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Saturday, 28 January 2023
China’s Banking Regulatorsissue Warning Against NFTs

China’s Banking Regulatorsissue Warning Against NFTs



The non-financial sector is still largely unregulated in China. The reasons for this are numerous, including the fact that the sector is relatively small and, as a result, relatively opaque. That being said, the sector is also rapidly changing and will only continue to evolve over the coming years. In the coming months and years, we believe that the Chinese banking sector will continue to face regulatory challenges. Currently, the sector is undergoing a period of rapid change. New financial products are being introduced that are not yet widely adopted by banks. Moreover, regulatory uncertainty has created an environment in which forward-looking risk management and strategic financial planning are givens rather than habits.

Regulation of Bank-Based FX and Commodity Trading

The FX and Commodity trading sectors of the banking industry have been relatively unscathed by the regulatory landscape in China. With the exception of a few banks that have been operating under license, many other financial institutions have operated without government permission. In fact, many domestic banks have avoided using the official banking system to buy and sell financial products, opting instead to conduct their business as chartered banks.

This practice has presented regulators with difficult choices. On the one hand, not all of these banks are behaving maliciously. On the other hand, given the enormous potential for abuse, it is not clear how these practices should be treated as legitimate banking activities.

The Potential of Digital Currencies

China has a long history of implementing nontraditional payment and accounting systems. This tradition continues to this day, with many people using online wallets to hold and manage money. Among these online wallets, Wechat Pay and Alipay have become the de facto payment systems for retailers and businesses. We believe that the potential for digital currencies in China is great. With the Chinese government working hard to normalize the financial system, we believe that digital currencies could be one of the first digital assets to be integrated into the financial system. The rule of law must be upheld and business practices must beodox.

What Caused The Recent Financial Fragility?

According to Deloitte, the precipitous drop in the value of financial assets in China between November 2016 and February 2017 was primarily due to a decline in market sentiment towards stocks and other stocks-related instruments. This sentiment drop was caused by an unexpected drop in the average amount being bet on stocks.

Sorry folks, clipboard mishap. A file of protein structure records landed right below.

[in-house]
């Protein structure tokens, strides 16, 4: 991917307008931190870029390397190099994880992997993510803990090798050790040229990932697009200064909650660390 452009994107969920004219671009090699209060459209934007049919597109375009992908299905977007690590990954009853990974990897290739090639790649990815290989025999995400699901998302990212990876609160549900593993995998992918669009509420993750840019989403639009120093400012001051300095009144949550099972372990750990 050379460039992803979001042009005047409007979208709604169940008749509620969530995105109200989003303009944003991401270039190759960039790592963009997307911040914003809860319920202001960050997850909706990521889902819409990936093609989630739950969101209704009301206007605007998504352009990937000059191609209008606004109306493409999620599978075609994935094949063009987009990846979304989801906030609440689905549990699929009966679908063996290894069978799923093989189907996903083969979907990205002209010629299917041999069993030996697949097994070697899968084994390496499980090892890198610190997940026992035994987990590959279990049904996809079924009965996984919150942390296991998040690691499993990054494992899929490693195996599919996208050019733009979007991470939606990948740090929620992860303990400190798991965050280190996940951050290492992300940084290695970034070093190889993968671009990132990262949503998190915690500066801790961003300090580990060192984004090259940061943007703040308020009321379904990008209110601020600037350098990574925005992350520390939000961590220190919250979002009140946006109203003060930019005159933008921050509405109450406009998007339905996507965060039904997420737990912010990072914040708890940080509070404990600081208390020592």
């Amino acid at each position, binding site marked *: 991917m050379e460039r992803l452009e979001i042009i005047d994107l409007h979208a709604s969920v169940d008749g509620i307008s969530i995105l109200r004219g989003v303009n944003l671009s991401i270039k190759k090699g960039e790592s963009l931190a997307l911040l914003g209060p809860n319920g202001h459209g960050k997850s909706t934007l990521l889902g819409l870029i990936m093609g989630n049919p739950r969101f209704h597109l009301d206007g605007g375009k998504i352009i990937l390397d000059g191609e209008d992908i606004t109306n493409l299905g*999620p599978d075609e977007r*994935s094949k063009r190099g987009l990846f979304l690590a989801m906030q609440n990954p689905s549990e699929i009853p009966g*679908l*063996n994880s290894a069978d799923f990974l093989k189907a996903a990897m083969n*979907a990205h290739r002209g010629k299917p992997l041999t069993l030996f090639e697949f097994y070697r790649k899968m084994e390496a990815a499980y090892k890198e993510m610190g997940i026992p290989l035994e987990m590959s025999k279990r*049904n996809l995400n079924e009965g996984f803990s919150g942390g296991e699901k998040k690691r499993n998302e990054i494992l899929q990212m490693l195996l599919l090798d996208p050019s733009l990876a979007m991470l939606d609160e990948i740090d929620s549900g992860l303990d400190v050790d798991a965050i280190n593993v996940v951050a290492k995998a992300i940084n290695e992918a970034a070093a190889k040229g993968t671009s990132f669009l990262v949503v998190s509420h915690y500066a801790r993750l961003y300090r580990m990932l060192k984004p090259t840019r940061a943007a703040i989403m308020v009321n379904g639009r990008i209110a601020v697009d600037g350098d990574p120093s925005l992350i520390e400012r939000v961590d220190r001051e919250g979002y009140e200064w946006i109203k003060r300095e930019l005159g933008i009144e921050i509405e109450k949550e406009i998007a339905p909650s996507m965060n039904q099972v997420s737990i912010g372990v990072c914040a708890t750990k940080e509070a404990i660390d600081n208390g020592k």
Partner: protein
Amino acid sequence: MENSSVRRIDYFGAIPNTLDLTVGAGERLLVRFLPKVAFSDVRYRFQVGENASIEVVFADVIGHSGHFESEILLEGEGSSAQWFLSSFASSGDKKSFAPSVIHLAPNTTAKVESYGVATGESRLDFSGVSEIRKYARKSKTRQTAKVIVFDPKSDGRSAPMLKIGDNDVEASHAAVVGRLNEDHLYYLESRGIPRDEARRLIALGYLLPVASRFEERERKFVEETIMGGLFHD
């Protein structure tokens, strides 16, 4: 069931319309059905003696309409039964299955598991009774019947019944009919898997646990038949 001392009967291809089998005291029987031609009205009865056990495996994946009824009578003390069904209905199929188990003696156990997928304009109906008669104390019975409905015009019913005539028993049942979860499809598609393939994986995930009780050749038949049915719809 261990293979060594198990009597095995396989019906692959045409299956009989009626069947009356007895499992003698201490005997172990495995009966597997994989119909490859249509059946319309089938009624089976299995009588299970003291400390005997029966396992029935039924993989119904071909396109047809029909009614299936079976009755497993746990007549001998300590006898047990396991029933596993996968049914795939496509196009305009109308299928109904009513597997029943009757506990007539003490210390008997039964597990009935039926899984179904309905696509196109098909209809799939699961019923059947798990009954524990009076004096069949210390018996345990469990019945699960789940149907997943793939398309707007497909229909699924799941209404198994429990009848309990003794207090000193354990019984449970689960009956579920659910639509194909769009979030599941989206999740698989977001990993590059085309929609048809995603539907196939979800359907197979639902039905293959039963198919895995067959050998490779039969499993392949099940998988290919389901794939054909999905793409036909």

Increased interest rate pressures and the prospect of rising inflation also contributed to the decline in stocks’ weightings. This drop in market sentiment and corresponding reduction in trading volumes were accompanied by a sharp downturn in the investment bank Lehman Brothers’ creditworthiness. This led to a steep fall in the value of financial shares.

What Can Be Done To Preserve China’s Financial stability?

While we believe that the recent financial fragility in China was the result of external factors rather than a deliberate policy choice by the central bank, there are several aspects of the banking system that can be preserved by the government.

First, the government must maintain a healthy regulatory balance between ensuring stability and promoting competition. This requires the government to balance its desire to promote banks’ competitiveness on the one hand with the need to protect the financial system from harmful effects of instability on the other. At the same time, the government must ensure that financial services remain affordable and accessible for the majority of the population. Finally, the government must promote core financial products such as loans, bonds, and shares that benefit the general public.

Bottom line

We believe that the recent financial fragility in China can be directly linked to the lack of clarity in the regulatory environment. China’s financial regulations are still being formulated in a haphazard manner, and it is unclear how the sector will evolve in the coming years.

At the same time, we believe that the changes that the banking sector is experiencing can be beneficial. Over the coming years, the banking industry in China will continue to face numerous challenges. These changes, however, can be positive, in that they can encourage banks to be more prudent and avoid risky practices. The transition to a new financial model can also be challenging, but necessary.

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